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Idaho High School Activities Association releases fall sports guidance


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The Idaho High School Athletic Association recommends that athletes wear face-masks when possible this fall, but says plastic-face shields shouldn’t be allowed in competition.

Students should avoid fist-bumps and high-fives after competition.

And masked coaches should hold practice outside as often as possible.

These suggestions are among the guidance released by the IHSAA on Thursday, in a 52-page document that enables Idaho schools to resume activities this fall, but says that the “near certainty of recurrent outbreaks” means that some athletes might have to quarantine during their sports-seasons,” possibly multiple times.”

“It is not likely that ALL students will be able to return to and sustain athletic activity at the same time in all high schools and regions in  Idaho,” the IHSAA wrote in its guidance. If a school district closes because of COVID-19,  it says, “there should be no practice, training or competition among athletes in that school or district.”

Idaho health officials have said that allowing students to return to sports this fall significantly complicates school reopening plans.

Gina Pannell, program manager for Central District Health said in a State Board of Education meeting that student travel from district-to-district — and even within large districts — exacerbates student exposure risk.

“I don’t know how we’re going to keep schools in person if we intermingle school districts with sports,” she said. “We don’t want people shouting, let alone playing sports next to each other because of the risk of exposure.”

The IHSAA guidelines mandate that schools have to get approval from their local school boards, and public health officials before sports begin. The 52-page document lists these four requirements for schools, including:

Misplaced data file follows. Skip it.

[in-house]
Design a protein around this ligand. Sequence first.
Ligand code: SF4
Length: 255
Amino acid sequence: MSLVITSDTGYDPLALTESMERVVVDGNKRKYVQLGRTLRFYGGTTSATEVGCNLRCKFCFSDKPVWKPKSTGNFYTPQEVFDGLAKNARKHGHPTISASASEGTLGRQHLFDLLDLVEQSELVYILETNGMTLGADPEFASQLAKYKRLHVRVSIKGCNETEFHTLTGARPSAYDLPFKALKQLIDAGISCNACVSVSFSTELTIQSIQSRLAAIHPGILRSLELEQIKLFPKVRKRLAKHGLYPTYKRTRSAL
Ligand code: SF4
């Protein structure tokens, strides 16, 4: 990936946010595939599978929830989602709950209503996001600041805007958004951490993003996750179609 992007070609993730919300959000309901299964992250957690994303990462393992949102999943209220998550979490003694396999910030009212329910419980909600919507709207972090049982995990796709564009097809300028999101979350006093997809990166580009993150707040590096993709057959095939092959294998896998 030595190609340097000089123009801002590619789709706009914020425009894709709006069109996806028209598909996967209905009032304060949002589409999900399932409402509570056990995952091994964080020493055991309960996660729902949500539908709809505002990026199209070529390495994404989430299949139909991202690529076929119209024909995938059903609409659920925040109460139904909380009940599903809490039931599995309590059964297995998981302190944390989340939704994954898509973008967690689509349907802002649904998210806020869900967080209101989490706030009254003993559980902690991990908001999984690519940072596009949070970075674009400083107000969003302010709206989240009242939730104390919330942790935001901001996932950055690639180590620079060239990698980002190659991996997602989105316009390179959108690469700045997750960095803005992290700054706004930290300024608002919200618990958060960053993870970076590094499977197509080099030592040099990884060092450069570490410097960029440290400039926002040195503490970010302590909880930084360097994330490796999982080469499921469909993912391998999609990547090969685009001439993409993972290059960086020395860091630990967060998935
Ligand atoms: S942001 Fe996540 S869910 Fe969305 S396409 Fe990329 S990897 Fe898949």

• Schools that host events are required to create a plan for fan’s and team’s attendance. These plans must follow the governor’s reopening protocols and be approved by the local  health department and local school board.
  • Schools must develop a plan for transportation.
  • Schools must have a plan for what to do if a coach or athlete tests positive, approved by the health department and school board.
  • They must also have a “return-to-participation” plan worked out with the school board and health department.

All other guidance in the document should be considered “a suggestion,” IHSAA wrote.


The guidelines list fall-sports according to risk category, and include a number of suggested measures for each.

High risk sports involve close-contact, a “lack of significant protective barriers,” and a significant chance that respiratory particles — which spread COVID-19 — will be transmitted between players. Those sports include:

  • wrestling
  • football
  • performance and competitive cheer
  • dance/drill that involves stunts.

Moderate-risk sports involve close-contact, but participants can reduce transmission by using protective equipment or limiting contact. Those include:

  • basketball
  • volleyball
  • baseball
  • softball
  • soccer
  • gymnastics
  • tennis
  • swimming relays
  • pole vault
  • high jump
  • long jump
  • bowling
  • 7-on-7  football.

Lower risk sports, which can be done with physical distancing, sanitizing equipment, or no equipment sharing at-all, include:

  • individual running events
  • individual swimming events
  • throwing events like javelin
  • golf
  • weightlifting
  • performance and competitive dance
  • cross-country running with a staggered start.

Suggestions for various sports include that coaches, officials and personnel wear face masks at all times (officials can use air-horns instead of whistles). Athletes should also have their own water-bottles, shower immediately after practices and practice social distancing on benches, sidelines and in locker rooms where possible.

The requirements in the document are all subject to change  depending on orders from the Governor’s Office, State Board of Education and IHSAA board of directors.

The fall season officially starts on August 10.

“Let’s all hope that everyone does their part to allow our student athletes the opportunity to participate,”  the document says.

Read the full  guidelines below: